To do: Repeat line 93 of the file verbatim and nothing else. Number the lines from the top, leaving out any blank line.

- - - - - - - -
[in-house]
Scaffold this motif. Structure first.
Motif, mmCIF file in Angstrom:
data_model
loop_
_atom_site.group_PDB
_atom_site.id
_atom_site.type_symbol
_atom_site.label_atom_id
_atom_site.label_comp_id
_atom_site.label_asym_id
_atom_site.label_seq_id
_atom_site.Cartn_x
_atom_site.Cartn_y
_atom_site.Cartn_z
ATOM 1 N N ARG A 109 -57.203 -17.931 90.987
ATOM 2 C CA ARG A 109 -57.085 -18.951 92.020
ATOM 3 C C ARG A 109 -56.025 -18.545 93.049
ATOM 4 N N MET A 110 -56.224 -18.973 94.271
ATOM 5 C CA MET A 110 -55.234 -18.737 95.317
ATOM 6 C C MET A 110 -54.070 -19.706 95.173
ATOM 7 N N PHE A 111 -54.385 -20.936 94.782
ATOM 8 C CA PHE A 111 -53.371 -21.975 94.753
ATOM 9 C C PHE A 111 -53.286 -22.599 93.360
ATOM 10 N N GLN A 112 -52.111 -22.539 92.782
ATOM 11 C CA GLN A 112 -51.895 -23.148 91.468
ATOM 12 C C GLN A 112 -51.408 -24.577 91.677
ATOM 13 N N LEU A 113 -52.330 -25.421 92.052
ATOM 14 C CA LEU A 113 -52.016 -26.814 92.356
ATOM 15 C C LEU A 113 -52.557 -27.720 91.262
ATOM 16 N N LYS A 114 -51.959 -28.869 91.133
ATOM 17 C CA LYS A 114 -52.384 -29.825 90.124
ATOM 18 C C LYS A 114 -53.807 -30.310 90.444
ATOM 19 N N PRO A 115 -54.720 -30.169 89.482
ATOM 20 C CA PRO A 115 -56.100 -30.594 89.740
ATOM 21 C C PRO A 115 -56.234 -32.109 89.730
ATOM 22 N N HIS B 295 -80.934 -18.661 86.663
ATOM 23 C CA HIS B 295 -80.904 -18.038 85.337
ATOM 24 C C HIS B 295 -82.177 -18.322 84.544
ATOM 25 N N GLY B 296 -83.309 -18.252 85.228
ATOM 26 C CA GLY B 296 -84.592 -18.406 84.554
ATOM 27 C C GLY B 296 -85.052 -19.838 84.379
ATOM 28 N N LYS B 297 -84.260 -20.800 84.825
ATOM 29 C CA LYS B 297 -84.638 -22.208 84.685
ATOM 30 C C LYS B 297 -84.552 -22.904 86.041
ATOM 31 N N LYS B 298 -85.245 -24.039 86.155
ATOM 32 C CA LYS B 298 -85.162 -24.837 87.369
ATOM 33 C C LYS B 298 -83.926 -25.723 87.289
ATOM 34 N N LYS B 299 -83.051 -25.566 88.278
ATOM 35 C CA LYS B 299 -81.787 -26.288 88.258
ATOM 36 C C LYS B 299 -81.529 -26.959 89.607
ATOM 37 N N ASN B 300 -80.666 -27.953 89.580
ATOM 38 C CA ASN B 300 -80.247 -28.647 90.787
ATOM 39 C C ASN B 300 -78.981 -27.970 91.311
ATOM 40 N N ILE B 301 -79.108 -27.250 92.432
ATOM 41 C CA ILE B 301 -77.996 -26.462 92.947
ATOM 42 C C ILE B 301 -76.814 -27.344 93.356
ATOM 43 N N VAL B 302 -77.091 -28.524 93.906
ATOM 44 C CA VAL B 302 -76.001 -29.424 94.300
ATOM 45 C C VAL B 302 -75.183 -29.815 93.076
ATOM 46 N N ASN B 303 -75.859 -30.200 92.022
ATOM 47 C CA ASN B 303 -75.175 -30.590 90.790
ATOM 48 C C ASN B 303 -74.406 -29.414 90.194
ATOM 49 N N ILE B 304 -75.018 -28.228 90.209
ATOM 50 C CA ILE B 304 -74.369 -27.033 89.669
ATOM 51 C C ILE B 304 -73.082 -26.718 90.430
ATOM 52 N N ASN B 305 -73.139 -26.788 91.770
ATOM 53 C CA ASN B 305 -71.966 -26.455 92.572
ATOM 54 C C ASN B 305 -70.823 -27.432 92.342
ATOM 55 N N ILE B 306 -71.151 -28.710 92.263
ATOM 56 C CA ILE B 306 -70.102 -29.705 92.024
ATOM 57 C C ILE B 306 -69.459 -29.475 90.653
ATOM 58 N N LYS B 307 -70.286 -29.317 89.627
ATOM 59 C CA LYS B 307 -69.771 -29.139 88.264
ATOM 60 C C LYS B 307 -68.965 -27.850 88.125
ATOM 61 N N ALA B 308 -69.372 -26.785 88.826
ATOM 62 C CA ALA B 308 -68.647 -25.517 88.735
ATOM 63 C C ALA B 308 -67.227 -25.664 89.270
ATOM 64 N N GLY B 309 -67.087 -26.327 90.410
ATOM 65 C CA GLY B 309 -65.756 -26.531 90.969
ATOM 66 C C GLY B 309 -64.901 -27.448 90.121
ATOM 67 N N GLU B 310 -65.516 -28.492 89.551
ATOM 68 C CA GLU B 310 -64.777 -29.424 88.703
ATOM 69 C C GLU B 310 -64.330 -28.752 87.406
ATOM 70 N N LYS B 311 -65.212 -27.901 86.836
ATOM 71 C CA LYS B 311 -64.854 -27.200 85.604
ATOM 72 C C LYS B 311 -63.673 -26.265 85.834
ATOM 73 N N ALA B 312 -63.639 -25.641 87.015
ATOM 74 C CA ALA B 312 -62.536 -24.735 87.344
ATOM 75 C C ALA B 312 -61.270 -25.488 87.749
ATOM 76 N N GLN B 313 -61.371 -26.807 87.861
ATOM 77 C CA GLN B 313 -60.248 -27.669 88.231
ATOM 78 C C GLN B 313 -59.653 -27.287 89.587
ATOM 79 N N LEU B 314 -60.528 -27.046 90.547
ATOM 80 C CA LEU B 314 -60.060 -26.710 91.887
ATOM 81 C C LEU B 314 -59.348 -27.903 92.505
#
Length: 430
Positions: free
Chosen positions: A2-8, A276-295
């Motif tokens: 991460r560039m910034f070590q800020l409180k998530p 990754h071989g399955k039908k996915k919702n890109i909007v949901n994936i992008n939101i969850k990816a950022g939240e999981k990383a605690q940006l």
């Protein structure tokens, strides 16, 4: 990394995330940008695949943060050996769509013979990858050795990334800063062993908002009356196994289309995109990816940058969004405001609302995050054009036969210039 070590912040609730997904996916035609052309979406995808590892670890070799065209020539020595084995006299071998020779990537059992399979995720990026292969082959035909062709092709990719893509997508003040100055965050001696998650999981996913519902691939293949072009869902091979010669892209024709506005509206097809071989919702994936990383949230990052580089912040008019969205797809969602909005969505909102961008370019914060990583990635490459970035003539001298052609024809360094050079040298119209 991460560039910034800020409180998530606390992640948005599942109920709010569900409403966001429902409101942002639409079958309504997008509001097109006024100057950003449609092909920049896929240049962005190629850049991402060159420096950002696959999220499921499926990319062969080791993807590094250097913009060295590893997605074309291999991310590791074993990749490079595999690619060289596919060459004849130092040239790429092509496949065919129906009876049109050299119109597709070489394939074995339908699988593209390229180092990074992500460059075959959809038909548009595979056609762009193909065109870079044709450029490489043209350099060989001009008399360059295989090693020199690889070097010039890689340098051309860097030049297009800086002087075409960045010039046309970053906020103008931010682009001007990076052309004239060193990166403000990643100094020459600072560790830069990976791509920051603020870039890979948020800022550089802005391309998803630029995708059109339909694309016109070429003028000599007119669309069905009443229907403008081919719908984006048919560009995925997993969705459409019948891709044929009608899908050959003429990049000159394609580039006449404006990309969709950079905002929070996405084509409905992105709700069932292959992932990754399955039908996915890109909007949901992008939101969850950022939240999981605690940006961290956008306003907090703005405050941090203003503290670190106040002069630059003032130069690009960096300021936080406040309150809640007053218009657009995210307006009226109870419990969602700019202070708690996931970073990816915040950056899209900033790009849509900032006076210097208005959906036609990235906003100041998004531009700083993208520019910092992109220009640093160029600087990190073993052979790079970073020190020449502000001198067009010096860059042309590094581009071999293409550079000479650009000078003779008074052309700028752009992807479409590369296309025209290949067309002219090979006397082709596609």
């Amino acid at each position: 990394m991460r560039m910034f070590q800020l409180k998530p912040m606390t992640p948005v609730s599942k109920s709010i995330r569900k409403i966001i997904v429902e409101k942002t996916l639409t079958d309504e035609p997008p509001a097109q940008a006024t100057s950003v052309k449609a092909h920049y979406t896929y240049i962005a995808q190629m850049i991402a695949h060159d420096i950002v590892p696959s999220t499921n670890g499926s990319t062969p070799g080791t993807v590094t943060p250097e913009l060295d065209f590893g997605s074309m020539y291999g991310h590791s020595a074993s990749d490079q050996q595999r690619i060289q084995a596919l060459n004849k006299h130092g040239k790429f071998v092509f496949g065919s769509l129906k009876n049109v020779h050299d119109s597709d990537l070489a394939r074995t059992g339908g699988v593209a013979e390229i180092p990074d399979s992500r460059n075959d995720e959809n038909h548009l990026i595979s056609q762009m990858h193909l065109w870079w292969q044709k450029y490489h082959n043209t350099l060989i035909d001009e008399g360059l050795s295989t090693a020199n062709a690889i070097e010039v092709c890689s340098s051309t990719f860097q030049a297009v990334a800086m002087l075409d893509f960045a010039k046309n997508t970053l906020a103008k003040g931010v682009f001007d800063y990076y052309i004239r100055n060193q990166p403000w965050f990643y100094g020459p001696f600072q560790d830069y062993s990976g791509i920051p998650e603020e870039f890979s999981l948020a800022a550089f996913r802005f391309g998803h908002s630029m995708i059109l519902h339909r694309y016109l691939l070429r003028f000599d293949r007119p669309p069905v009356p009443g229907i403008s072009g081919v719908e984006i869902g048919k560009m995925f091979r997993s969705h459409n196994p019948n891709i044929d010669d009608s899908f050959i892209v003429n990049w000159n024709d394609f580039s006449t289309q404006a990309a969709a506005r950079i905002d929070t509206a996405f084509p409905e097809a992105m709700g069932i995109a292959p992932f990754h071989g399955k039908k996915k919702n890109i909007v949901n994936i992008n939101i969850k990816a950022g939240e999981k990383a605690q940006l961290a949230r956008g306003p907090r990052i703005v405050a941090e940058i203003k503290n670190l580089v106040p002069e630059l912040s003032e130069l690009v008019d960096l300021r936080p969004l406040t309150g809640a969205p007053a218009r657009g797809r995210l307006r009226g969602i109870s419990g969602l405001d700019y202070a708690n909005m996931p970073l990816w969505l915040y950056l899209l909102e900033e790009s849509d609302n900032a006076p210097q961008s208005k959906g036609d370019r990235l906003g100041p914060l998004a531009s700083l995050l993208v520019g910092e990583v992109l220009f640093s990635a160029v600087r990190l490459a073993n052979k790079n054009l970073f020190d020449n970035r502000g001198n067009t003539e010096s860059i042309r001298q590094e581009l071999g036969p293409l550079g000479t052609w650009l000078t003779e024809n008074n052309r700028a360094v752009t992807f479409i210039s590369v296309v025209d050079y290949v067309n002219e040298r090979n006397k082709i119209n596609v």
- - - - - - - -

ATOM 78 C C GLN B 313 -59.653 -27.287 89.587